The High Court has reserved judgment on an application for costs by Priory Hall developer Thomas McFeely against Dublin City Council.

The application arises out of Mr McFeely's successful Supreme Court appeal against a decision by the High Court in 2011 that he was in breach of court orders.

Lawyers for Mr McFeely told the court that because the developer had won his Supreme Court appeal he was now seeking the costs of the High Court case from Dublin City Council.

Senior Counsel for Dublin City Council Conleth Bradley said they were opposing the application and would in turn be seeking costs from Mr McFeely.

Mr Bradley also said the City Council would seek to vary an order of the court which had ordered Mr McFeely off the site.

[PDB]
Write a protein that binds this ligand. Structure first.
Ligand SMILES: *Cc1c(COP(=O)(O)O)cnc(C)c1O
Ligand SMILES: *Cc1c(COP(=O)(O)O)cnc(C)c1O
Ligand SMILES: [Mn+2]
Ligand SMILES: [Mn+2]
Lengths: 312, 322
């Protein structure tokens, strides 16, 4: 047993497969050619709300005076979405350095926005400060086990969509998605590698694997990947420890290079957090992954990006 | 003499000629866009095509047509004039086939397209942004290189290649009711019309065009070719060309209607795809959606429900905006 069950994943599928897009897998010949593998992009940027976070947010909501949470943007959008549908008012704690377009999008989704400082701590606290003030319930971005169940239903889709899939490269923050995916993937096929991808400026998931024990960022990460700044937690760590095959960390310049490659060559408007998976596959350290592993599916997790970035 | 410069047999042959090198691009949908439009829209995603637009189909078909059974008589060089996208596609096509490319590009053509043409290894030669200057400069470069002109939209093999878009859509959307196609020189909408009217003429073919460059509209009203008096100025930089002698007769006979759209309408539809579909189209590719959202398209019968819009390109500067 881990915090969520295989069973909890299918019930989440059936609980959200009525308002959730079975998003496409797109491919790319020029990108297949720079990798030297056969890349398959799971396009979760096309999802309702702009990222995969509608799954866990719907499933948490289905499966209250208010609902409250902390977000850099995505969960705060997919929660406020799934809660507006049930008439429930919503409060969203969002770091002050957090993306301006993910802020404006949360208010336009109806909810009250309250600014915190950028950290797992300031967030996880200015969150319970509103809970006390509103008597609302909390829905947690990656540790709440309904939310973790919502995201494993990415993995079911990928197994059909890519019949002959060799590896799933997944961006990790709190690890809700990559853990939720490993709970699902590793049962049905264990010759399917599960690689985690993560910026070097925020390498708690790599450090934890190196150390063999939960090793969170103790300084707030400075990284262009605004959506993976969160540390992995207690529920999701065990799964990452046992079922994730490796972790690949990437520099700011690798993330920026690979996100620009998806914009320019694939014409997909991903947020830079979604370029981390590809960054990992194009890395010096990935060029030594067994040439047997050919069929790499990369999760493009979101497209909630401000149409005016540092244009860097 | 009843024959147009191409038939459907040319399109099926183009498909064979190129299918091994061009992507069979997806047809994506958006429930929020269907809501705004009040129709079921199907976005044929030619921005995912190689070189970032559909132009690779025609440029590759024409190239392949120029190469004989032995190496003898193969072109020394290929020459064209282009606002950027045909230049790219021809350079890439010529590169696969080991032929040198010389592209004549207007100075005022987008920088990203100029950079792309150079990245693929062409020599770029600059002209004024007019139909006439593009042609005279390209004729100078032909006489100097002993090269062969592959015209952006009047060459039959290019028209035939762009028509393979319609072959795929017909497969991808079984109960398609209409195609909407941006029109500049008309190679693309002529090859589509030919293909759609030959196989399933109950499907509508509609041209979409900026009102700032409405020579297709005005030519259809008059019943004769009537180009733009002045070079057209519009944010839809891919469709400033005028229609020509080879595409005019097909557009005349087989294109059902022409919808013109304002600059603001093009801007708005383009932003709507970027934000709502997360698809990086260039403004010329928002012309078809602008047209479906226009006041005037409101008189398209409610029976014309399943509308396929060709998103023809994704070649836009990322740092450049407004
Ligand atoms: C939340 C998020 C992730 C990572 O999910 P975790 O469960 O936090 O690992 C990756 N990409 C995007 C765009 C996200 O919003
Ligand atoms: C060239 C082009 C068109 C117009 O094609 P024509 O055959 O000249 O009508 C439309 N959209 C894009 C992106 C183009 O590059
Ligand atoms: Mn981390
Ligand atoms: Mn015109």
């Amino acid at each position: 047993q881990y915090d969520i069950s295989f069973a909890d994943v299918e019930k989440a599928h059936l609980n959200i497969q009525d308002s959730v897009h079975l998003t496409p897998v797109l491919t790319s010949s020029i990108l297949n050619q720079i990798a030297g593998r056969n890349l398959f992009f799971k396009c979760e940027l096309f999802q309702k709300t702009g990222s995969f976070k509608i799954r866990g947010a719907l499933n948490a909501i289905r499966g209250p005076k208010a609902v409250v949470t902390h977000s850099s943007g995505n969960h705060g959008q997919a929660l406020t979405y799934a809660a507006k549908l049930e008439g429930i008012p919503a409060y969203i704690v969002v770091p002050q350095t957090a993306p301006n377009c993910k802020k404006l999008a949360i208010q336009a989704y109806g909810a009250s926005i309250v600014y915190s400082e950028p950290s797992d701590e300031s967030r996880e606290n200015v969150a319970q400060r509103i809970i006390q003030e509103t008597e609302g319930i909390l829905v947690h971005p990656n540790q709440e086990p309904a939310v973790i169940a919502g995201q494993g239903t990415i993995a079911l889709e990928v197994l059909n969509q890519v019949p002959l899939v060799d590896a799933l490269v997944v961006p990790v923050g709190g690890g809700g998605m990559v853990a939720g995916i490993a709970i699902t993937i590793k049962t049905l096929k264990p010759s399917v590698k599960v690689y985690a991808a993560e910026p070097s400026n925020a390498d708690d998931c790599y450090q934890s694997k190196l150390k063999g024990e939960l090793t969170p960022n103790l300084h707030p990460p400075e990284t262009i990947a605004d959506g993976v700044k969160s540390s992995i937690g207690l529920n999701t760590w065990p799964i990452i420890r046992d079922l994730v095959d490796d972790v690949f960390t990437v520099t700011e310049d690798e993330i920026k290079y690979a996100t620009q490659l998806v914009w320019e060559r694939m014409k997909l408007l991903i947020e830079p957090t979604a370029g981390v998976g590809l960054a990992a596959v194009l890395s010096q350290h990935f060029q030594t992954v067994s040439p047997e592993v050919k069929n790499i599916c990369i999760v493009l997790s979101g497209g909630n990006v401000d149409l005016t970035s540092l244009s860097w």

This needed to be done for "practical reasons" as it was being cited as a reason why Mr McFeely could not do certain things.

Mr McFeely was found to be in breach of court orders to carry out repairs at Priory Hall. He was sentenced to jail and fined.

However, the Supreme Court later found he could not have carried out the repairs as he had been ordered to vacate the site.

The Dublin apartment complex was evacuated in October 2011 leaving 256 residents in temporary accommodation.

High Court President Mr Justice Nicholas Kearns will deliver judgment on costs at a later date.